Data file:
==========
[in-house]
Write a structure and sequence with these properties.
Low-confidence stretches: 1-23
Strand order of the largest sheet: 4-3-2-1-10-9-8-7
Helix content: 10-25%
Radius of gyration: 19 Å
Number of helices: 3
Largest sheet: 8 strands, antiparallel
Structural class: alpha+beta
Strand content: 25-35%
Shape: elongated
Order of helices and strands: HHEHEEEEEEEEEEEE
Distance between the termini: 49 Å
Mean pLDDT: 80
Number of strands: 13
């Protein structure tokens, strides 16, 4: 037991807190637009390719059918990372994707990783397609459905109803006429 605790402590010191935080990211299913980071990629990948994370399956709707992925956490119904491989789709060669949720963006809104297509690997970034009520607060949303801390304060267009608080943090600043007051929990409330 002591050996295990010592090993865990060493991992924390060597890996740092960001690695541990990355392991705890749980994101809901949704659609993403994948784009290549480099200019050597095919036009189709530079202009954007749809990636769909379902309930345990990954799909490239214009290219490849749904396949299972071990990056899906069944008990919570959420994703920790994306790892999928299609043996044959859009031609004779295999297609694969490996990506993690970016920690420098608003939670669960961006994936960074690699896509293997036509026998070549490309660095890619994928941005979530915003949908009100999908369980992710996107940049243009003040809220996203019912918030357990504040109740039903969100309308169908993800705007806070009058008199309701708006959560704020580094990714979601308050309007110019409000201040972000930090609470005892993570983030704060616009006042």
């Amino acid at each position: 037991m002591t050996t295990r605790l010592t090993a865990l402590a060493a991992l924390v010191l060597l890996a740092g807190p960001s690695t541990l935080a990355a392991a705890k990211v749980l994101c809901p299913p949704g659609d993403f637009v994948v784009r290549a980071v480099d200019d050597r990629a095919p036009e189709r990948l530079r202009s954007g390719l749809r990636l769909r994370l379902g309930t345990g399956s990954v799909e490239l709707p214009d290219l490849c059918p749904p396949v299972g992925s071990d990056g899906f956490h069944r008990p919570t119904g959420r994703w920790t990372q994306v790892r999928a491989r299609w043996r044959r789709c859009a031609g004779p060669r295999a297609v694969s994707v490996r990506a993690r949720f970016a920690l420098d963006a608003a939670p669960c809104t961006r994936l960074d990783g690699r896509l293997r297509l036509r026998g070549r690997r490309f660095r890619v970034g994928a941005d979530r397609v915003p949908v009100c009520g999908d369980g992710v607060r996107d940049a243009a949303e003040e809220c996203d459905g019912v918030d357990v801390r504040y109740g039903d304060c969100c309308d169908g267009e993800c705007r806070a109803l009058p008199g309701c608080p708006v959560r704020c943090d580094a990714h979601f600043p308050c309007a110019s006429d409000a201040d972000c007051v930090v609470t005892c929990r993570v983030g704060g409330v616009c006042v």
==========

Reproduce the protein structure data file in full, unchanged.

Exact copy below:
[in-house]
Write a structure and sequence with these properties.
Low-confidence stretches: 1-23
Strand order of the largest sheet: 4-3-2-1-10-9-8-7
Helix content: 10-25%
Radius of gyration: 19 Å
Number of helices: 3
Largest sheet: 8 strands, antiparallel
Structural class: alpha+beta
Strand content: 25-35%
Shape: elongated
Order of helices and strands: HHEHEEEEEEEEEEEE
Distance between the termini: 49 Å
Mean pLDDT: 80
Number of strands: 13
């Protein structure tokens, strides 16, 4: 037991807190637009390719059918990372994707990783397609459905109803006429 605790402590010191935080990211299913980071990629990948994370399956709707992925956490119904491989789709060669949720963006809104297509690997970034009520607060949303801390304060267009608080943090600043007051929990409330 002591050996295990010592090993865990060493991992924390060597890996740092960001690695541990990355392991705890749980994101809901949704659609993403994948784009290549480099200019050597095919036009189709530079202009954007749809990636769909379902309930345990990954799909490239214009290219490849749904396949299972071990990056899906069944008990919570959420994703920790994306790892999928299609043996044959859009031609004779295999297609694969490996990506993690970016920690420098608003939670669960961006994936960074690699896509293997036509026998070549490309660095890619994928941005979530915003949908009100999908369980992710996107940049243009003040809220996203019912918030357990504040109740039903969100309308169908993800705007806070009058008199309701708006959560704020580094990714979601308050309007110019409000201040972000930090609470005892993570983030704060616009006042």
């Amino acid at each position: 037991m002591t050996t295990r605790l010592t090993a865990l402590a060493a991992l924390v010191l060597l890996a740092g807190p960001s690695t541990l935080a990355a392991a705890k990211v749980l994101c809901p299913p949704g659609d993403f637009v994948v784009r290549a980071v480099d200019d050597r990629a095919p036009e189709r990948l530079r202009s954007g390719l749809r990636l769909r994370l379902g309930t345990g399956s990954v799909e490239l709707p214009d290219l490849c059918p749904p396949v299972g992925s071990d990056g899906f956490h069944r008990p919570t119904g959420r994703w920790t990372q994306v790892r999928a491989r299609w043996r044959r789709c859009a031609g004779p060669r295999a297609v694969s994707v490996r990506a993690r949720f970016a920690l420098d963006a608003a939670p669960c809104t961006r994936l960074d990783g690699r896509l293997r297509l036509r026998g070549r690997r490309f660095r890619v970034g994928a941005d979530r397609v915003p949908v009100c009520g999908d369980g992710v607060r996107d940049a243009a949303e003040e809220c996203d459905g019912v918030d357990v801390r504040y109740g039903d304060c969100c309308d169908g267009e993800c705007r806070a109803l009058p008199g309701c608080p708006v959560r704020c943090d580094a990714h979601f600043p308050c309007a110019s006429d409000a201040d972000c007051v930090v609470t005892c929990r993570v983030g704060g409330v616009c006042v």